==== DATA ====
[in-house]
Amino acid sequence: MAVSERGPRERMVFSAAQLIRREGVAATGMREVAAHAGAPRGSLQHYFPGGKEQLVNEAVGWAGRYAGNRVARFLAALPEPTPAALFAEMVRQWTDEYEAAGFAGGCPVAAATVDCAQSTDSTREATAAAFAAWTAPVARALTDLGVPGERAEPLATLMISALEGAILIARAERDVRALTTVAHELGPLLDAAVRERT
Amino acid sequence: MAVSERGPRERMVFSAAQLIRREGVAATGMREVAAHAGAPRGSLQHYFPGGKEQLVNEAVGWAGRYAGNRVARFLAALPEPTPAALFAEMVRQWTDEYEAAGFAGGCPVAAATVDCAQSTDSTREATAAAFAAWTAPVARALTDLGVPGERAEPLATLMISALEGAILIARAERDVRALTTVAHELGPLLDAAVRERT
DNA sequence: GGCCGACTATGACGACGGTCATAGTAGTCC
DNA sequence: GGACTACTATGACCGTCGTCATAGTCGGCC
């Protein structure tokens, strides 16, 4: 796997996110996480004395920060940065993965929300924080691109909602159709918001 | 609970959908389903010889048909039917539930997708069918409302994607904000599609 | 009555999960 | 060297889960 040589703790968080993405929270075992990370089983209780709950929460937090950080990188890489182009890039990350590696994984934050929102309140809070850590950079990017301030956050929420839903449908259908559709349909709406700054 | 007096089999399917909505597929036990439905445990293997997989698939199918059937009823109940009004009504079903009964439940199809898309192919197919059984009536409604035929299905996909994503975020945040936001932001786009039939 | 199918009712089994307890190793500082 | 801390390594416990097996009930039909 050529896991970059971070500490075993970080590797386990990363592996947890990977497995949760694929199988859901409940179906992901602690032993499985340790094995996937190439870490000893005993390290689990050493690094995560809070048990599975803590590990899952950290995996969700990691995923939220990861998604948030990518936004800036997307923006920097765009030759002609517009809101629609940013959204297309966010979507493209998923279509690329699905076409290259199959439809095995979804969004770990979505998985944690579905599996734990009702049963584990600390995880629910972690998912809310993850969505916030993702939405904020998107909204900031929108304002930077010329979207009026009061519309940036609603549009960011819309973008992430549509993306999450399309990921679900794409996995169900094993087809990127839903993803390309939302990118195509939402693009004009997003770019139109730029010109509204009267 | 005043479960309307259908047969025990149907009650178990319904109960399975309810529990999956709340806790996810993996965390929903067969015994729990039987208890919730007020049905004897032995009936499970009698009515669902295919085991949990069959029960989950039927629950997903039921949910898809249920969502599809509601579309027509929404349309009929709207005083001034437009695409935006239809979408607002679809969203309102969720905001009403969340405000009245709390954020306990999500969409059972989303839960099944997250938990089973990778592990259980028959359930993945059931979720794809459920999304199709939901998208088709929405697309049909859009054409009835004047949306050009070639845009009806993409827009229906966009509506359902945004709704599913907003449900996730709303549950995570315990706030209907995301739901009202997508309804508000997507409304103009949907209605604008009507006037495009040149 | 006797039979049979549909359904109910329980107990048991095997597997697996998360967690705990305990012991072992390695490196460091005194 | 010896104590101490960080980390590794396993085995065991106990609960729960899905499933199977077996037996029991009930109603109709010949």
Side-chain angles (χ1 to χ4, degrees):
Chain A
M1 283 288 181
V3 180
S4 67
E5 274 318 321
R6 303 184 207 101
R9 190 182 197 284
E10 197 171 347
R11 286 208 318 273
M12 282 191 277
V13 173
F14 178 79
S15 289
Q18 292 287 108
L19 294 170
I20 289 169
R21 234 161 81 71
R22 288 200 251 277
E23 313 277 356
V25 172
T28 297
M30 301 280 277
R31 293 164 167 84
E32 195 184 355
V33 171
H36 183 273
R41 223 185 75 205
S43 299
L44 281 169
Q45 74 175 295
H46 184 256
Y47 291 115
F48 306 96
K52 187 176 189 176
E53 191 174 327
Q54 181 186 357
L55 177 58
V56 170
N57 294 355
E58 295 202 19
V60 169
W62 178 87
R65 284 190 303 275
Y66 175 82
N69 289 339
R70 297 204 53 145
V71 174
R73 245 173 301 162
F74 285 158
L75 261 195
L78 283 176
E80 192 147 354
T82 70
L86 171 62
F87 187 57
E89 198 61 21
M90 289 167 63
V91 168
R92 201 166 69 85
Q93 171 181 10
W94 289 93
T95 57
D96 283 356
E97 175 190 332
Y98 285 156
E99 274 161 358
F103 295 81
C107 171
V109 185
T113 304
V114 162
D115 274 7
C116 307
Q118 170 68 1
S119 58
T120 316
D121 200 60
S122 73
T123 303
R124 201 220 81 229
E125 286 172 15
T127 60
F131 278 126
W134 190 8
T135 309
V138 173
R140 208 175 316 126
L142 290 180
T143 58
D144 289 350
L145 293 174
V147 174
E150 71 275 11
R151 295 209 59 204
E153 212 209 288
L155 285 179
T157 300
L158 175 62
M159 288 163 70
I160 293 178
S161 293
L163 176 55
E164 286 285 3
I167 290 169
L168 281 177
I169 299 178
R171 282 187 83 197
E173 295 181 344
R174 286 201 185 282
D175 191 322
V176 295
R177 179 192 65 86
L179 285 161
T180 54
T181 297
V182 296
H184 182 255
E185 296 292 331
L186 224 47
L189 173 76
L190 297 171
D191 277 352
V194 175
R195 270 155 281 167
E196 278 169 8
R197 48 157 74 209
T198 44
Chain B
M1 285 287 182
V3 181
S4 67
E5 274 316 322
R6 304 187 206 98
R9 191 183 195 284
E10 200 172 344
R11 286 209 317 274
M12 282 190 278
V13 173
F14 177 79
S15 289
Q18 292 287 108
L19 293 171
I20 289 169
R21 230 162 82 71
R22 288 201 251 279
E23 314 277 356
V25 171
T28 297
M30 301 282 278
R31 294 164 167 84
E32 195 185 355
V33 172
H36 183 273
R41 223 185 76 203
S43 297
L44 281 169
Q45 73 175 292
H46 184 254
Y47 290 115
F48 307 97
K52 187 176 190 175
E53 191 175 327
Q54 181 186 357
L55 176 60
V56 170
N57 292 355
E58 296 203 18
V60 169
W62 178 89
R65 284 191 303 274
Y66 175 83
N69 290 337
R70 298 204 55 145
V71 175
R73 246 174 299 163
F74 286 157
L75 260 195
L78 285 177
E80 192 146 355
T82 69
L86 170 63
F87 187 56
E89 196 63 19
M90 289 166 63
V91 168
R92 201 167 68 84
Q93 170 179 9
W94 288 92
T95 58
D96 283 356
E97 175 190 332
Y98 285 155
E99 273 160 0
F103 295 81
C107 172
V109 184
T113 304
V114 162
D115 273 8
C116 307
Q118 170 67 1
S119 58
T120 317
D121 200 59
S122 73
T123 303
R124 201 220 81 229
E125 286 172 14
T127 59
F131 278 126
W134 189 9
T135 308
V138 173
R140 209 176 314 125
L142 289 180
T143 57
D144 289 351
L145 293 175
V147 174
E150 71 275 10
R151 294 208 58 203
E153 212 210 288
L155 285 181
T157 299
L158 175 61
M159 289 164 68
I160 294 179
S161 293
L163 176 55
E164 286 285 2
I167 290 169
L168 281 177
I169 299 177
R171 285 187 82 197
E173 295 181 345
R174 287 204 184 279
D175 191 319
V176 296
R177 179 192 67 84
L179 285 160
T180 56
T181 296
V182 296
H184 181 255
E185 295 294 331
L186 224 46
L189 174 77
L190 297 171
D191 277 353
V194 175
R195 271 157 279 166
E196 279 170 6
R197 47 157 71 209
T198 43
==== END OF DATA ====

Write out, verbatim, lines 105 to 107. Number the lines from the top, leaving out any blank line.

L158 175 62
M159 288 163 70
I160 293 178